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1919 Biography of Rueben T. Lindsay

--- Reuben T. Lindsay, one of Henry County's successful farmers and stock raisers, is a native son of this county.
He was born in a pioneer log cabin in Fields Creek township, November 2, 1861. He is a son of Reuben T. Lindsay and Margaret (Stone) Lindsay. They were the parents of the following children: James D., Sarah J., Reuben T. and John S. W.
Margaret (Stone) Lindsay was a daughter of Solothiel and Jane (Close) Stone, natives of North Carolina, who with their family came to Henry County in 1847. Her father was born in 1786 and died in 1862, and her mother was born in 1796 and died in 1872. They were the parents of the following children: Rebecca, Margaret, Eliza C., D. C., C. L., Minerva, Flavety, John C., Susan S., S. A. and Nancy C. Margaret Stone Lindsay died March 2, 1881, and Reuben T. Lindsay afterwards married her sister, who was the widow of Rev. James Cummings.
Reuben T. Lindsay, Sr., was born April 3, 1827, in Rockingham County, North Carolina, the son of Reuben and Sarah (Walls) Lindsay. His father, Reuben Lindsay, was born in 1778, in Maryland, and with his parents went to Rockingham County, North Carolina, in 1790, where he received his education and became a very influential and prosperous tobacco planter and slave owner. In the War of 1812 he was United States quartermaster, located at Norfolk, Virginia. In 1815 he married Sarah Walls, who was born in Culpeper County, Virginia, in 1790, and shortly after her birth her parents moved to Rockingham County, North Carolina. Reuben Lindsay, Sr., died in 1827, and left his widow with five children, as follow: Joshua, James, Morrison A., Robert and Reuben T.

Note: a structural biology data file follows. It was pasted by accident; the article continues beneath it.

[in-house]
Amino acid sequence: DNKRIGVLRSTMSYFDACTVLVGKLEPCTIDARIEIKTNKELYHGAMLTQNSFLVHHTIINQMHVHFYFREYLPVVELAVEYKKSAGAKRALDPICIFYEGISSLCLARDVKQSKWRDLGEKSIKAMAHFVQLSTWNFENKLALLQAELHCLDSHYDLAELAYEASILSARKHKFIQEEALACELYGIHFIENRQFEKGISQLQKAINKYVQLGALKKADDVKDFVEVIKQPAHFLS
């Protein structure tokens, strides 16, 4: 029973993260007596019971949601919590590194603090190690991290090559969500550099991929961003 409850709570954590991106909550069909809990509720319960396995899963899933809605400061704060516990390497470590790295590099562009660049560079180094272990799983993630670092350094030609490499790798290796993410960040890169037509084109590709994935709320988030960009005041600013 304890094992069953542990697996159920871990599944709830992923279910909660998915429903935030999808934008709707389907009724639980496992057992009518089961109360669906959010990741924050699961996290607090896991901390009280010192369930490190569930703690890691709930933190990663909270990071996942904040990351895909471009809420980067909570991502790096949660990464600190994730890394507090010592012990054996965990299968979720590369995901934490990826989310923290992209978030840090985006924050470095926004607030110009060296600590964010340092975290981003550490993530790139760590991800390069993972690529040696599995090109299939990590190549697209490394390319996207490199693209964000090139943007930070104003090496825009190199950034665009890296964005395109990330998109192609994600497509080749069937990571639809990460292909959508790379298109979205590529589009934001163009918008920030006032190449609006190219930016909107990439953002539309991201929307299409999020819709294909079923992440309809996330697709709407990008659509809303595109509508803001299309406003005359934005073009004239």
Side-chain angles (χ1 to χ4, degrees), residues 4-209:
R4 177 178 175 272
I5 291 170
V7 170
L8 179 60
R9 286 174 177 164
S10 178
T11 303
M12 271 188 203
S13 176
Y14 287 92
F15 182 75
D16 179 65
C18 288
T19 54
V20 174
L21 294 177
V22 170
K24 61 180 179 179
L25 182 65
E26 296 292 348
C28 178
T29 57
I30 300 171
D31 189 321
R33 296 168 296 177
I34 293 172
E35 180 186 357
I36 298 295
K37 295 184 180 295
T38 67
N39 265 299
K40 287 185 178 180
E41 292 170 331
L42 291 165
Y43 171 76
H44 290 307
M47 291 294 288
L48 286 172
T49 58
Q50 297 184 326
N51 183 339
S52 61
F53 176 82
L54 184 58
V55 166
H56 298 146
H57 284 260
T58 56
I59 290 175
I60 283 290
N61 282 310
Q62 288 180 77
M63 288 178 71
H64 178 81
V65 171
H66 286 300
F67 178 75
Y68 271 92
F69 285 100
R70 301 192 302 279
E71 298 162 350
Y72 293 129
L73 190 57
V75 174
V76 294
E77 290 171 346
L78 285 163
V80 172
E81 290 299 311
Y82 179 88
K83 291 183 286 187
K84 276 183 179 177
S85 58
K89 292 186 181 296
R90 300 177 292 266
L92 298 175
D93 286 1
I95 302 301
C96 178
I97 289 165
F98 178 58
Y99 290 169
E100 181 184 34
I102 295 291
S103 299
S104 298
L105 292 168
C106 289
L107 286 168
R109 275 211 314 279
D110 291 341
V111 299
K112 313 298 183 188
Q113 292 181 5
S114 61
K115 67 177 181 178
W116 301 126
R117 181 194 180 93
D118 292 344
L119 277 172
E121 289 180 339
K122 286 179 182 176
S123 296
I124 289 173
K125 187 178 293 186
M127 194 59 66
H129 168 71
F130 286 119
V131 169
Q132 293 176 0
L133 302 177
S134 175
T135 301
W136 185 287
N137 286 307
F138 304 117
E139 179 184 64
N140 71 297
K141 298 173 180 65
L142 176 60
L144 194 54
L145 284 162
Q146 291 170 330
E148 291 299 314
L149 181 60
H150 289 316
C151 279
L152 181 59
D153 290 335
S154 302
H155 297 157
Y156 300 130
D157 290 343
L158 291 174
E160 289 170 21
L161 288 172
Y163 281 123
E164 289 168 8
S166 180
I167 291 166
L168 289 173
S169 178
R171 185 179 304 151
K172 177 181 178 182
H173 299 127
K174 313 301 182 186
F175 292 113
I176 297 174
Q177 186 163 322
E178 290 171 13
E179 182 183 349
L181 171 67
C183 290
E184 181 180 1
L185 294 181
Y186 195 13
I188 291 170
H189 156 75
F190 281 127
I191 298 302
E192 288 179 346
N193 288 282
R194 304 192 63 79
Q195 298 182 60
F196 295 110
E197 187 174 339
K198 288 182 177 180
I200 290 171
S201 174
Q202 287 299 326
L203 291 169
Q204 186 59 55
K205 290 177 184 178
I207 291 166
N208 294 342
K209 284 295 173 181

With her son, Reuben T., the mother came to Tebo township, Henry County, in 1839, and one year later settled in section 10, Fields Creek township. They were the second family to settle in Fields Creek township, Joseph Fields being there only a short time previous to their coming. Mrs. Sarah Lindsay later married William Fewell, and they returned to North Carolina, where she died, in 1865.
R. T. Lindsay, Sr., served in the Civil War and was a member of the 16th Regiment, Missouri Volunteer Infantry. After the war he continued farming and stock raising, and was very successful. He was a Royal Arch Mason, and with his family was a member of the Methodist Church. He was laid to rest in Englewood Cemetery, Clinton, and his second wife died at Adair, Oklahoma, in 1903.
Reuben T. Lindsay, whose name introduces this review, was educated in the Fields Creek school, and his education supplemented by attendance at the Clinton Academy and the Fayette, Missouri, College. He has followed farming and stock raising all of his life, spending his early days with his father, and later tilling the same acres as his own. He owns 2,100 acres of land, the most of which is in pasture land for his large herds of cattle and hogs. About 700 acres are farmed, raising the usual crops of wheat, corn and oats. His home is modern and well kept, where all of his friends are welcome to enjoy his hospitality.
In 1887 Mr. Lindsay was united in marriage to Sallie F. Roysten, a daughter of Dr. E. C. and Eliza Drake Roysten. The father is deceased, and the mother lives at Huntingdale, Missouri, at the advanced age of ninety-one years. One daughter, Mrs. J. S. Spangler, has been born to Mr. and Mrs. Lindsay. She resides with her parents. Mr. Lindsay is one of Henry County's most progressive citizens, and ranks among the leading citizens of the county. The Lindsay family is truly one of Henry County's pioneer families.

Owner/Source1919 History of Henry Co MO, Uel W. Lamkin, Historical Publishing Co, pg: 878
Linked toReuben Taylor LINDSAY, Sr.; Judge Reuben Taylor LINDSAY, Jr.; Rueben LINDSAY; Salathiel STONE, Jr.

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